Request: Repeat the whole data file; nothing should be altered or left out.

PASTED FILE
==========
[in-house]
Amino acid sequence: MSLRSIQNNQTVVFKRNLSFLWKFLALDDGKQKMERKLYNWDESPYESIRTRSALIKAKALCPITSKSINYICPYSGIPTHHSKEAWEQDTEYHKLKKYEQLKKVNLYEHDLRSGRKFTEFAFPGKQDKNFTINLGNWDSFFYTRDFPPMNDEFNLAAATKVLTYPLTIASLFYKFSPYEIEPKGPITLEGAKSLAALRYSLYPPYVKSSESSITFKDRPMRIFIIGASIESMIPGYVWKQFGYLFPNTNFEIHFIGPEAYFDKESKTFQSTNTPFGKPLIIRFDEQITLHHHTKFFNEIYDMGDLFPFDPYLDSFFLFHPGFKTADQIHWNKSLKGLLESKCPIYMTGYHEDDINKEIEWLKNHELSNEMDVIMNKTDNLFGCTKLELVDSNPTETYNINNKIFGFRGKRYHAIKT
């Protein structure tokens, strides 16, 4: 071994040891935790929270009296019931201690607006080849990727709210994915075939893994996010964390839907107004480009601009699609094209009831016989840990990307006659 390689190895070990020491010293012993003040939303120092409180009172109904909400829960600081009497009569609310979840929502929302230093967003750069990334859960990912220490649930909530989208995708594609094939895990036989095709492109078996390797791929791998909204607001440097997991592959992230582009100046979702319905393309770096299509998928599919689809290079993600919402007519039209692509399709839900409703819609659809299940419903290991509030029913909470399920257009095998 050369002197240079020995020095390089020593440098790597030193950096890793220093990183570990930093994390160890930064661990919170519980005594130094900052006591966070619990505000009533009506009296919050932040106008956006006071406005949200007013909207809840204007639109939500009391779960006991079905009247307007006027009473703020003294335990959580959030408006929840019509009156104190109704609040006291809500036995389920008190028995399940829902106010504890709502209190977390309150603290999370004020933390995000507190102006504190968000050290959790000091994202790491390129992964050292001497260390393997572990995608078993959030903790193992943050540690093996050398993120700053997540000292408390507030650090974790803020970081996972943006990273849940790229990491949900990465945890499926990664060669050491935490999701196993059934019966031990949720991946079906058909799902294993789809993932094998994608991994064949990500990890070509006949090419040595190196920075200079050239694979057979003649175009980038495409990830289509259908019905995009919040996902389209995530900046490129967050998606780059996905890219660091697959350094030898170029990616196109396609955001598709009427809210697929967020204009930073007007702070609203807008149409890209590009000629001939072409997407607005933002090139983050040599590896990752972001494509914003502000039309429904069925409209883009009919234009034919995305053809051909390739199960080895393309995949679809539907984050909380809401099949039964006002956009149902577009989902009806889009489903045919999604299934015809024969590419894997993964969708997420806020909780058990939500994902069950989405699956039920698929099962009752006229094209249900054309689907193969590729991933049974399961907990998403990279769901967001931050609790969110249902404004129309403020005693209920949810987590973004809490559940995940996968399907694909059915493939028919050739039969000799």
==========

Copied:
[in-house]
Amino acid sequence: MSLRSIQNNQTVVFKRNLSFLWKFLALDDGKQKMERKLYNWDESPYESIRTRSALIKAKALCPITSKSINYICPYSGIPTHHSKEAWEQDTEYHKLKKYEQLKKVNLYEHDLRSGRKFTEFAFPGKQDKNFTINLGNWDSFFYTRDFPPMNDEFNLAAATKVLTYPLTIASLFYKFSPYEIEPKGPITLEGAKSLAALRYSLYPPYVKSSESSITFKDRPMRIFIIGASIESMIPGYVWKQFGYLFPNTNFEIHFIGPEAYFDKESKTFQSTNTPFGKPLIIRFDEQITLHHHTKFFNEIYDMGDLFPFDPYLDSFFLFHPGFKTADQIHWNKSLKGLLESKCPIYMTGYHEDDINKEIEWLKNHELSNEMDVIMNKTDNLFGCTKLELVDSNPTETYNINNKIFGFRGKRYHAIKT
């Protein structure tokens, strides 16, 4: 071994040891935790929270009296019931201690607006080849990727709210994915075939893994996010964390839907107004480009601009699609094209009831016989840990990307006659 390689190895070990020491010293012993003040939303120092409180009172109904909400829960600081009497009569609310979840929502929302230093967003750069990334859960990912220490649930909530989208995708594609094939895990036989095709492109078996390797791929791998909204607001440097997991592959992230582009100046979702319905393309770096299509998928599919689809290079993600919402007519039209692509399709839900409703819609659809299940419903290991509030029913909470399920257009095998 050369002197240079020995020095390089020593440098790597030193950096890793220093990183570990930093994390160890930064661990919170519980005594130094900052006591966070619990505000009533009506009296919050932040106008956006006071406005949200007013909207809840204007639109939500009391779960006991079905009247307007006027009473703020003294335990959580959030408006929840019509009156104190109704609040006291809500036995389920008190028995399940829902106010504890709502209190977390309150603290999370004020933390995000507190102006504190968000050290959790000091994202790491390129992964050292001497260390393997572990995608078993959030903790193992943050540690093996050398993120700053997540000292408390507030650090974790803020970081996972943006990273849940790229990491949900990465945890499926990664060669050491935490999701196993059934019966031990949720991946079906058909799902294993789809993932094998994608991994064949990500990890070509006949090419040595190196920075200079050239694979057979003649175009980038495409990830289509259908019905995009919040996902389209995530900046490129967050998606780059996905890219660091697959350094030898170029990616196109396609955001598709009427809210697929967020204009930073007007702070609203807008149409890209590009000629001939072409997407607005933002090139983050040599590896990752972001494509914003502000039309429904069925409209883009009919234009034919995305053809051909390739199960080895393309995949679809539907984050909380809401099949039964006002956009149902577009989902009806889009489903045919999604299934015809024969590419894997993964969708997420806020909780058990939500994902069950989405699956039920698929099962009752006229094209249900054309689907193969590729991933049974399961907990998403990279769901967001931050609790969110249902404004129309403020005693209920949810987590973004809490559940995940996968399907694909059915493939028919050739039969000799």